O`Neill, Eugene Gladstone

Presentation / Essay (Pre-University), 1999

3 Pages

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Eugene Gladstone O'Neill

A. Schmitt

- was born in New York City on Oct. 16, 1888
- as a child, he accompanied his father James on theatrical tours
- later he attended a Catholic boarding school and a preparatory school
- entered Princeton in 1906, but remained there only a year
- After secretarial work in New York he went on a trip to Honduras in order to search for gold, but he got malaria and had to return to the USA
- Afterwards O'Neill worked as assistant manager of his father's company
- But soon he was keen on leaving the States again, so he shipped as a seaman for Buenos Aires in Argentina, then to South Africa and via Buenos Aires back to New York
- His last experience at sea followed, when he worked on ships between Southampton and New York
- Next he tried acting during one of his father's tours, and reporting for a Connecticut newspaper
- But he suffered a physical breakdown in 1913 and was sent to a sanatorium for 6 months
- O'Neill had already written verses, but during this period of rest at the sanatorium he turned to the drama as a medium to express the view of life he began to develop, based on his life at sea and among outcast (= ausgestoßen) and oppressed people in many places
- during the following winter (1913/14) he wrote his first play called "The Web", 7 other oneact plays and 2 long plays
- 1914 - 1915 he gained further experience as a student in George Pierce Baker's "47 Workshop" at Harvard (Baker tried to encourage and inspire many little theatres and dramatists, his workshop served as a laboratory for the staging of plays)
- 1916 he became associated with the Provincetown Players, who produced many of his one-act plays during the next 3 years, e.g. "Bound East for Cardiff" in 1916
"The Moon of the Caribbees" in 1918

_ modern American drama unofficially began

- this period of practical experiment brought to a climax his years of apprentice work
- O'Neill began to win general recognition when three of his plays were printed in The Smart Set
- with the New York production of "Beyond the Horizon" in 1920, a bitter domestic(= familiär) tragedy, he was acknowledged as the leading creative American playwright (= Dramatiker)

O'Neill had to cope with an audience that didn't believe in God, will and destiny. Bowing to his time, he wrote tragedy of personal psychology. He mixed the determinism of Freud and Calvin in order to produce the only kind of tragic hero the 20thcentury could understand: the victim of circumstances.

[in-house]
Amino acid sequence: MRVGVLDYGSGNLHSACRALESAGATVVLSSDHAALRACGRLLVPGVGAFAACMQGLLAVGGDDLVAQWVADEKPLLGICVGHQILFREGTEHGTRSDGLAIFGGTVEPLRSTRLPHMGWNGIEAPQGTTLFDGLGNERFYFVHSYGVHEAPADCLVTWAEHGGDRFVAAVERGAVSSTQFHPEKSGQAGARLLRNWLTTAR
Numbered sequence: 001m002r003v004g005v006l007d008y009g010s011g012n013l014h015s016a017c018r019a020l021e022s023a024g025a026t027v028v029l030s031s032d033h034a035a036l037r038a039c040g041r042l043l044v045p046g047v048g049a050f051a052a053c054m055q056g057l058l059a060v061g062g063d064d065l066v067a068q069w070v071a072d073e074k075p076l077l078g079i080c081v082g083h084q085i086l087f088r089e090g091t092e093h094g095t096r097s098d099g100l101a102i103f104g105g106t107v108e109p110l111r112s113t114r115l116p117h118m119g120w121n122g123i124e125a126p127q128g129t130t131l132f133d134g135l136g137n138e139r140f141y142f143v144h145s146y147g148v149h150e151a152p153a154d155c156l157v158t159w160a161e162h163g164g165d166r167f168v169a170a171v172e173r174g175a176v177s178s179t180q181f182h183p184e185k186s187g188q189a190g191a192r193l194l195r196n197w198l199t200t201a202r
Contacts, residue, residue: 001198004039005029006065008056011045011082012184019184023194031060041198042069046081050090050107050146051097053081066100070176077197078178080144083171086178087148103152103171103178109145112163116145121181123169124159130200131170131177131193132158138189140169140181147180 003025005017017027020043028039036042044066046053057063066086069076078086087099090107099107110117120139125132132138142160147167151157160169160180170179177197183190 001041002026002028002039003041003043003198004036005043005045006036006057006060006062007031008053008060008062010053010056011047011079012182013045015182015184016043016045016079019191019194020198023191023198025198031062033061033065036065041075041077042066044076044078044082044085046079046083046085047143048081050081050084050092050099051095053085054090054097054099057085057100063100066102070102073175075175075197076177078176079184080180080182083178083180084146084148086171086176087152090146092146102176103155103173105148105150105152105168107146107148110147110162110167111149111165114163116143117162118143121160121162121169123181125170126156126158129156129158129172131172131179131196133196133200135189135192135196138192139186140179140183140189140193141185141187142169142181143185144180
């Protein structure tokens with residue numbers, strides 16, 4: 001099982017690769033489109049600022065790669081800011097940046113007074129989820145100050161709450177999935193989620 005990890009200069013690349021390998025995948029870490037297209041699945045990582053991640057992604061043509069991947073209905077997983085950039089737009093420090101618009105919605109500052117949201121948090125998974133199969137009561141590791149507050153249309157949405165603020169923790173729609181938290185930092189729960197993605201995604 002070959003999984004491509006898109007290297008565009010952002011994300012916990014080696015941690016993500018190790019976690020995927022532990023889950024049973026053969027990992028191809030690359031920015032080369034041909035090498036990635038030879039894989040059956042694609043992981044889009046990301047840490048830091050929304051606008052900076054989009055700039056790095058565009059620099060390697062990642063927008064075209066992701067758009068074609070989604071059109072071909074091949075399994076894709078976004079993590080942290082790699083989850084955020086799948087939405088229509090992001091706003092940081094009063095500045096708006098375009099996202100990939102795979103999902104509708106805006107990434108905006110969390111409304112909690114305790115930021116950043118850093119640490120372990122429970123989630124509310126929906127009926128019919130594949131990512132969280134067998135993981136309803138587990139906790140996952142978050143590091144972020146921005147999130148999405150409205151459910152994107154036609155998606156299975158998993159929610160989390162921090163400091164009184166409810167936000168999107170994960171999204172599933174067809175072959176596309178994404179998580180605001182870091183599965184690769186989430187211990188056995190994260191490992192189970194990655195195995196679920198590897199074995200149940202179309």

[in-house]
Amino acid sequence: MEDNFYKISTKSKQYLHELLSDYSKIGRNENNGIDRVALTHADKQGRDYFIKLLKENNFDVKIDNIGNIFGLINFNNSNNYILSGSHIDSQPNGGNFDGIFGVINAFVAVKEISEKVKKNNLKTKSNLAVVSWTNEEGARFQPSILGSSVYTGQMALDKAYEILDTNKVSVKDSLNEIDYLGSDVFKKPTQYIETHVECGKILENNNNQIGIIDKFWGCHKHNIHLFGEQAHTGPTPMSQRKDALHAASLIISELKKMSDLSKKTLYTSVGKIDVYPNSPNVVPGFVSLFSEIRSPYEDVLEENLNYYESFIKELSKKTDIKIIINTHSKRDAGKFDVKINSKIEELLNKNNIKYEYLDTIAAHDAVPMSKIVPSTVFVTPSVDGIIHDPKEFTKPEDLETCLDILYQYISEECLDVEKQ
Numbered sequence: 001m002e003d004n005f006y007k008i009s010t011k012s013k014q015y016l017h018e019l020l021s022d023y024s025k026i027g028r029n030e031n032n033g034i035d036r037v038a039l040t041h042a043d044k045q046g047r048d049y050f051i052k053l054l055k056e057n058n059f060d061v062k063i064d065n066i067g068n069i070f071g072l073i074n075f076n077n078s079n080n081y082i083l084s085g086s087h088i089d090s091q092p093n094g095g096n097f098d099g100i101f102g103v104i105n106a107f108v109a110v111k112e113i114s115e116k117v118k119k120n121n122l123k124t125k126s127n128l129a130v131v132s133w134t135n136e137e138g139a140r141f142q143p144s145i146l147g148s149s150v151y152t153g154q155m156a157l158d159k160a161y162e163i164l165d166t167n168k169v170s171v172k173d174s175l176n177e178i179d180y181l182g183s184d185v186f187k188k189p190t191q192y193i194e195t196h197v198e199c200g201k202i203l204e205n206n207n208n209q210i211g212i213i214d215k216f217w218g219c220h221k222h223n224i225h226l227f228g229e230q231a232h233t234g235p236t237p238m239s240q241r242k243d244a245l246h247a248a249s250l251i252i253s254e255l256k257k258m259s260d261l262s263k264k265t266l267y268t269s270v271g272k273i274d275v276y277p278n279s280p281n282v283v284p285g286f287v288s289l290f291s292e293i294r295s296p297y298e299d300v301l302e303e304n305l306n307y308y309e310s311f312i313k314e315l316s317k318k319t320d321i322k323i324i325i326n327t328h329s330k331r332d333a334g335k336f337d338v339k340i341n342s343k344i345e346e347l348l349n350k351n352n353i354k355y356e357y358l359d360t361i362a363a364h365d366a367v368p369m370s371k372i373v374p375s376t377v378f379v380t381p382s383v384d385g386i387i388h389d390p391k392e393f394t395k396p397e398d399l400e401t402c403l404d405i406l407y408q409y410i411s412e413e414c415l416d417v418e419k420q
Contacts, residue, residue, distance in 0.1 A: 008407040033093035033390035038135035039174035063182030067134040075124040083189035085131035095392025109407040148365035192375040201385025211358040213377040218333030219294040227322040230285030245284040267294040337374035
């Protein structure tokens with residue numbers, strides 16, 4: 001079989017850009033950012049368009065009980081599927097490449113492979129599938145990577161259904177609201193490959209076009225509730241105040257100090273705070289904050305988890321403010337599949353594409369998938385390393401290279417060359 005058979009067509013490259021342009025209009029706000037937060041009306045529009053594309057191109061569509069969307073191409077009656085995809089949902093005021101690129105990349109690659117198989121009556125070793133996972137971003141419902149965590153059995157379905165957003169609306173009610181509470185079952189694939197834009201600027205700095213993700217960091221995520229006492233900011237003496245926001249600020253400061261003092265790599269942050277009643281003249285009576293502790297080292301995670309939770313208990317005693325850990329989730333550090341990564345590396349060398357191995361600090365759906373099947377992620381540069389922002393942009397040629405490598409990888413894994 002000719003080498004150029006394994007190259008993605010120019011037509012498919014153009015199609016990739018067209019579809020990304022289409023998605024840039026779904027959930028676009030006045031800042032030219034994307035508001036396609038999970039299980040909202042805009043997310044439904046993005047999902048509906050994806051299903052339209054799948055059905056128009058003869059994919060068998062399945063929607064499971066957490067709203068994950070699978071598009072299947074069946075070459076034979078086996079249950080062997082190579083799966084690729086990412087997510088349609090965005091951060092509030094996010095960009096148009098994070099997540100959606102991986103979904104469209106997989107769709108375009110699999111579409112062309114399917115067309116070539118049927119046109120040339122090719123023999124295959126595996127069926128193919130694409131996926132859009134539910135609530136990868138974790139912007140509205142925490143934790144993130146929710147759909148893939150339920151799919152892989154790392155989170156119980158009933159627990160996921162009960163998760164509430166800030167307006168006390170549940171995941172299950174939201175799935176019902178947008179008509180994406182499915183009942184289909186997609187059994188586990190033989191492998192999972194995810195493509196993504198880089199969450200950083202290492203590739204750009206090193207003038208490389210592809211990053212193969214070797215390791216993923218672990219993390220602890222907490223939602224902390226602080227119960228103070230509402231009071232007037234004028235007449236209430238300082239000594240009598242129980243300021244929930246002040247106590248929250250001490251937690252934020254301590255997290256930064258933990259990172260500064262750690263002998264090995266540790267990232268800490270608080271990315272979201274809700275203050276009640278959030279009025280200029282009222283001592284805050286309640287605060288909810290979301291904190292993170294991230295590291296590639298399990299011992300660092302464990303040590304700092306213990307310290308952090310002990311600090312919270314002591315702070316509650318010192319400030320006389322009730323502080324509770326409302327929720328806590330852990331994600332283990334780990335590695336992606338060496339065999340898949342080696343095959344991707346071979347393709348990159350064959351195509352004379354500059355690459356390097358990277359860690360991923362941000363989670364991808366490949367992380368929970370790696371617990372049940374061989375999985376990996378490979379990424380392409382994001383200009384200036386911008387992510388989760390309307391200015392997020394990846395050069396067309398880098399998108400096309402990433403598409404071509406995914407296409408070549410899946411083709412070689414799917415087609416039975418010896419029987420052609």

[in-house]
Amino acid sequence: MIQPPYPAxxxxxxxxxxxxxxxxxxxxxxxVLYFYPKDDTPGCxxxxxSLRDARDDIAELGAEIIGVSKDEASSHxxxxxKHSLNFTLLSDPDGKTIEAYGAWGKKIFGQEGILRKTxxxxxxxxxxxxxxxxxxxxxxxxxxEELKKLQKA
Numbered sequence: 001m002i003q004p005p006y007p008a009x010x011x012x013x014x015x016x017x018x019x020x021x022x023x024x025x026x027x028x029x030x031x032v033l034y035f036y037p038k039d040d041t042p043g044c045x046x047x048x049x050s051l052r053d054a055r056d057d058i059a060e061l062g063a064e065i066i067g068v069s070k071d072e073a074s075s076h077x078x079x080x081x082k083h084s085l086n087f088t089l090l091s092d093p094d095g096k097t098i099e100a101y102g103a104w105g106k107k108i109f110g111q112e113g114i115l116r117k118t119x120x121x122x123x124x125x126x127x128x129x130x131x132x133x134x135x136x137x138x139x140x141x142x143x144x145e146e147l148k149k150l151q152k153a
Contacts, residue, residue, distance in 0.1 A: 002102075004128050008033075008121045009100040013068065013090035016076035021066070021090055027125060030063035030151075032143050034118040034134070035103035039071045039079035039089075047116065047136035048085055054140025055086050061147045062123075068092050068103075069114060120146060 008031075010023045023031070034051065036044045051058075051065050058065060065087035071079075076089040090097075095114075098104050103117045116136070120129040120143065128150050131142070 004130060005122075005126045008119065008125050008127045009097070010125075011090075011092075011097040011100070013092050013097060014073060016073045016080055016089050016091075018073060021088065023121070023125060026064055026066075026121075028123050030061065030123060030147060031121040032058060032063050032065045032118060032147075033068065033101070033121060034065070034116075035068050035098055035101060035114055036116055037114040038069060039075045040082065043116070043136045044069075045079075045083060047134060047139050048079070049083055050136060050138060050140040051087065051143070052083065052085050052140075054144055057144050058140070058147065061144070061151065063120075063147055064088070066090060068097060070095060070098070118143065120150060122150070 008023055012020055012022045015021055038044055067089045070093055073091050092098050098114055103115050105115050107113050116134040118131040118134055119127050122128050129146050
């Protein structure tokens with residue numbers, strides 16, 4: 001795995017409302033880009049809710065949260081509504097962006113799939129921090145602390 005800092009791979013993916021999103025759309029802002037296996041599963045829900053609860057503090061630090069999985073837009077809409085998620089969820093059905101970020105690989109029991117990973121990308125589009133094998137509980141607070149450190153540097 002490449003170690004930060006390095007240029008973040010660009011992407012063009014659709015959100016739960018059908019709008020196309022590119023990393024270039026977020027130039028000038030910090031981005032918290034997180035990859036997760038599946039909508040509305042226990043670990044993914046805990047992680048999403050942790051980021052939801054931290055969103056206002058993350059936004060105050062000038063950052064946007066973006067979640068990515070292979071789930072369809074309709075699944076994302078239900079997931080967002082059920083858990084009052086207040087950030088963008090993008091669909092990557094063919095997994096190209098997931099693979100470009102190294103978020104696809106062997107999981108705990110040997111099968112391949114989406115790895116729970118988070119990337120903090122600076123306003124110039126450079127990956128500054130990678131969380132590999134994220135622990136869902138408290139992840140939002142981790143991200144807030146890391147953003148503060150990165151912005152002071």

His themes also deal with

- Naturalistic studies of tragic frustration set in modern American backgrounds

e.g. "Chris Christopherson" (1920)

rewritten as "Anna Christie", for which he won a Pulitzer Price

- symbolic expressionism

e.g. "The Emperor Jones" (1920)

- Romantic and poetic elements dominate

e.g. "The Fountain" (1925), an affirmation (= Bejahung) of life and spirit

- As he was an experimenter in forms, he created a new dramatic technique in "Strange Interlude" (Pulitzer Price 1928)

- problems of religion in the modern world

e.g. "Dynamo" (1929)

- psychological analysis of motives

e.g. "Mourning becomes Electra" (1931), where he adapted the Greek theme showed the dominant emotions of fear, horror and malignant (= bösartig) hate

- autobiographical tragedy

"Long Day's Journey into Night" (Pulitzer Price 1956)

His career divided U.S. theatrical history in two:

Before O'Neill: only genteel (vornehm) plays he pioneered the drama of serious realism and honesty


- language of failure, flavoured with the accent of tragedy

Excerpt from "The Great Good Brown":

"Why I am afraid to dance, I who love music and rhythm and grace and laughter? Why am I afraid to live, I who love life and the beauty of the flesh and the living colors of earth and sky and sea?

Why am I afraid of love, I who love love?

Why was I born without a skin, o God... Or rather Old Greybeard, why the devil was I ever born at all?"

- Grace to his own stage experience and his own insight into character he got one of America's most popular and successful playwrights and therefore he earned a Nobel Price for Literature in 1936

- The coming of World War II stopped his will to write, then a muscular disorder made it physically impossible

- O'Neill finally died in Boston on the 27 th of November, 1953

3 of 3 pages


O`Neill, Eugene Gladstone
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O`Neill, Eugene, Gladstone, English
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A. Schmitt (Author), 1999, O`Neill, Eugene Gladstone, Munich, GRIN Verlag, https://www.grin.com/document/95533


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